Mining turbo-charges Namibia’s economy

In its quarterly bulletin to September 2006, the Bank of Namibia (BoN) said the economy performed relatively well during the second quarter of 2006 strengthened by strong growth in the mining sector, wholesale and retail trade, motor vehicle repair and household goods, hospitality industry, transport and communication, among other sectors.

BoN said growth in the agricultural sector ‘ which is anchored by the number of livestock marketed ‘ however, remained poor. The central bank said farmers are not willing to sell their cattle early, opting to continue growing their herds because of the good grazing.

The central bank could, all the same, not say whether Namibia was on course to meet its growth target of 3.9 percent in 2006.

Value addition to the agricultural sector contracted by 0.6 percent during the second quarter against to a slump of 8.2 percent during the first quarter. In the second quarter of 2005, agriculture declined by 1.1 percent, BoN said.

The number of cattle exported to South Africa also went down by 25.2 percent during the period under review from a 3.4 percent decline early this year.

A rebound in the mining sector’s performance, however, ensured that Namibia maintains its two-year-long economic growth path.

Government has projected that the economy would grow by 3.9 percent in 2006, citing increase in sales of rough diamonds and rising revenue from the Southern African Customs Union.

BoN said the mining sector expanded by a whopping 20.9 percent in the second quarter against a 4.7 percent decline witnessed in the same period in 2005. The mining sector grew by a dismal 1.2 percent in the first quarter.

“The positive performance of this sector is mainly attributed to the increase in diamond, uranium, gold and silver production,” BoN said in the quarterly bulletin.

Namibia has steadily improved its economic credentials during the past couple of years and in December last year became the third country in Sub-Saharan African to receive an investment-grade rating after powerhouse South Africa and Botswana.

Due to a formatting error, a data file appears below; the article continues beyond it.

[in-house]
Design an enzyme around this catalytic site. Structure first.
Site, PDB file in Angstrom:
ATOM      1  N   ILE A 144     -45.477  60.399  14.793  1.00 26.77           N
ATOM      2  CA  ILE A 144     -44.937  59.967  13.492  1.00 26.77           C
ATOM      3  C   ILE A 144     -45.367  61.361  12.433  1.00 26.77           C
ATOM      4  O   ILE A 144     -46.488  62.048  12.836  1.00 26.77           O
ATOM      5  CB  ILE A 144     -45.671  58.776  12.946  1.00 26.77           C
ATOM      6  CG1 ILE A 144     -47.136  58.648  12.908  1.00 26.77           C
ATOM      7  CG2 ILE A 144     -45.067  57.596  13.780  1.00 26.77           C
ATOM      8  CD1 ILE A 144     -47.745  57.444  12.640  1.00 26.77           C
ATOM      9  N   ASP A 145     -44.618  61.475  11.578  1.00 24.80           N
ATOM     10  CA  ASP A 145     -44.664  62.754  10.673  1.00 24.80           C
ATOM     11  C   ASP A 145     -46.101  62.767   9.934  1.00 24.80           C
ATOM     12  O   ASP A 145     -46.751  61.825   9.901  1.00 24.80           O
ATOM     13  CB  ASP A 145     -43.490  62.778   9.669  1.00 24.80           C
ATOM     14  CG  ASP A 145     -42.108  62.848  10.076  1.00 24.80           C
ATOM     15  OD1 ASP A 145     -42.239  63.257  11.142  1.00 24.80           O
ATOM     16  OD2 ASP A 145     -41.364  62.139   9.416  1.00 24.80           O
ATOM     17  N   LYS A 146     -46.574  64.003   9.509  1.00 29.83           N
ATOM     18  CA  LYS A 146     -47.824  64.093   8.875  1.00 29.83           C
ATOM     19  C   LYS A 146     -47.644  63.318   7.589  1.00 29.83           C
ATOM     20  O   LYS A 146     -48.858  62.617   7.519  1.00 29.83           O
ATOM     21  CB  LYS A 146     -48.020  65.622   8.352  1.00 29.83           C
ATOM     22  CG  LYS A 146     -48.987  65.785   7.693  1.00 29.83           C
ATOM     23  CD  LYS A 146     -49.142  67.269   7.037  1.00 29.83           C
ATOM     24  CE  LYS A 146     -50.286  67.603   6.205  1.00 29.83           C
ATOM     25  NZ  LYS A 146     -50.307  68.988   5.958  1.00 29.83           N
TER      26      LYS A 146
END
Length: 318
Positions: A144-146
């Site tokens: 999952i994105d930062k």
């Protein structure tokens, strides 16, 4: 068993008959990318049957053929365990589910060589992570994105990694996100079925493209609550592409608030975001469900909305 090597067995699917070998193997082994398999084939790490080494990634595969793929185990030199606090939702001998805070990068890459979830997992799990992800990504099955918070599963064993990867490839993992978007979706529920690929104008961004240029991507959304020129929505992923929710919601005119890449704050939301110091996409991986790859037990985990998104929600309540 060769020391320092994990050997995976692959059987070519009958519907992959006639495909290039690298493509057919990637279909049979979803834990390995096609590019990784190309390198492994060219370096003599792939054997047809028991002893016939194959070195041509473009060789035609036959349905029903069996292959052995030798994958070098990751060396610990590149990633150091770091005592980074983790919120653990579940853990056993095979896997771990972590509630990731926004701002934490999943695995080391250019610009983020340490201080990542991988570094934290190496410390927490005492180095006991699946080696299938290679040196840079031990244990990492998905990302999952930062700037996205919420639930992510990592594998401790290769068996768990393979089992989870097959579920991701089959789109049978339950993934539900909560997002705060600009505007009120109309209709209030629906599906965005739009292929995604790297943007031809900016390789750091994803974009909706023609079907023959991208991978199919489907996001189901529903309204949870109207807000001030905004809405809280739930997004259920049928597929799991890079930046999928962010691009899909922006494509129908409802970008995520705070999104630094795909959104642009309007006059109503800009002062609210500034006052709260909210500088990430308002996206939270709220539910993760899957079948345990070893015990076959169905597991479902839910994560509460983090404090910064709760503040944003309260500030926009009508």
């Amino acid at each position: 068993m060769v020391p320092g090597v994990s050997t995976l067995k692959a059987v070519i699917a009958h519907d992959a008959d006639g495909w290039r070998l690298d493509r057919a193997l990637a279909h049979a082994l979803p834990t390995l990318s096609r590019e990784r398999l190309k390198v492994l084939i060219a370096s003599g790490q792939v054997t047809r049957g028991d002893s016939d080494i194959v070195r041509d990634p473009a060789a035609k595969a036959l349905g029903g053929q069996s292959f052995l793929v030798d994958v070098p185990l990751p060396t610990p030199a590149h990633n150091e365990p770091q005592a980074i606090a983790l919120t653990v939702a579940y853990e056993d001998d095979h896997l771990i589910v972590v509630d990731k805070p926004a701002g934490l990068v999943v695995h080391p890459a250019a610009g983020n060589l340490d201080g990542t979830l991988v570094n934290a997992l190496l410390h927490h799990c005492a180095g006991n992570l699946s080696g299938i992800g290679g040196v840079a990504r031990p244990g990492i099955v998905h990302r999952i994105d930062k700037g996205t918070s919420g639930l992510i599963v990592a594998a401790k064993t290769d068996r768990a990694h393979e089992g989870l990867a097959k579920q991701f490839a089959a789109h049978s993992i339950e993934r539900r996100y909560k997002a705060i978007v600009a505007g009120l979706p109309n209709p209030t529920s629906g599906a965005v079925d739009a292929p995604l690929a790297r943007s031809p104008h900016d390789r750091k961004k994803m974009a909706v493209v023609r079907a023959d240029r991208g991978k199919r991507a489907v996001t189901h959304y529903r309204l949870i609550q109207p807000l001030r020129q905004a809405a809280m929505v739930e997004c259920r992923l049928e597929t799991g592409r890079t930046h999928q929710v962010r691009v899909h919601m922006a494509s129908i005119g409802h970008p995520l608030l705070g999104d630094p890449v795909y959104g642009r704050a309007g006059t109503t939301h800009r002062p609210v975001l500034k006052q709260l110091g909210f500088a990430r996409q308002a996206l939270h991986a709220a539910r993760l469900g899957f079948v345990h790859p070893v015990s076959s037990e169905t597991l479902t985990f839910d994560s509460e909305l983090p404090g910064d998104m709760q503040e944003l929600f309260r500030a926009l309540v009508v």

Fitch Ratings assigned Namibia an investment grade credit rating of BBB- with a stable outlook, citing the country’s stable policy environment and sound economic fundamentals, which include a low debt burden and current account surpluses.

Diamond output, which anchors the country’s economic growth, increased by a remarkable 26 percent on a year-by-year basis. BoN said the good performance observed in diamond output is underpinned by mining in the areas with good diamond resources and a favourable exchange rate.

During the second quarter, diamond export earnings, however, suffered a slight 1 percent decline on quarter-to-quarter analysis but still raked in N$1.8 billion for the country.

BoN said diamond export value still rose year-on-year by 59 percent from N41.1 billion.

Production of uranium ‘ which is increasingly gaining dominance in Namibia’s economy ‘ grew by 13 percent as investors rush to extract yellowcake from the country.

Namibia currently has two uranium mines whilst two others would be coming on stream in the coming years, government officials say.

Gold, lead and silver production also increased by 12.3 percent, 0.2 percent and 25.3 percent respectively.

Zinc output, however, suffered a 28.1 percent decline and the central bank attributed this to operational disruption caused by the breakdown in equipment at one of the zinc mining companies.

Farming, fishing and diamond mining heavily dominate Namibia’s economy although manufacturing now accounts for over 12 percent of gross domestic product (GDP).

The economy is also hugely reliant on neighbouring South Africa. The Namibian dollar is pegged at a 1 to 1 rate with the South African rand while interest rates are in line with the region’s economic powerhouse.

In 2005, real GDP grew by an estimated 3.2 percent, slowing from 6 percent in 2004. The government projected a 3.9 percent growth in 2006. The pace is expected to quicken to 4 percent in 2007, before slowing to 3.3 percent in 2008.

Economists have, however, slashed these projections to 3 percent, citing the upward rate movement, high crude oil prices and the non-performance of sectors such as agriculture and the fishing industry.

October 2006
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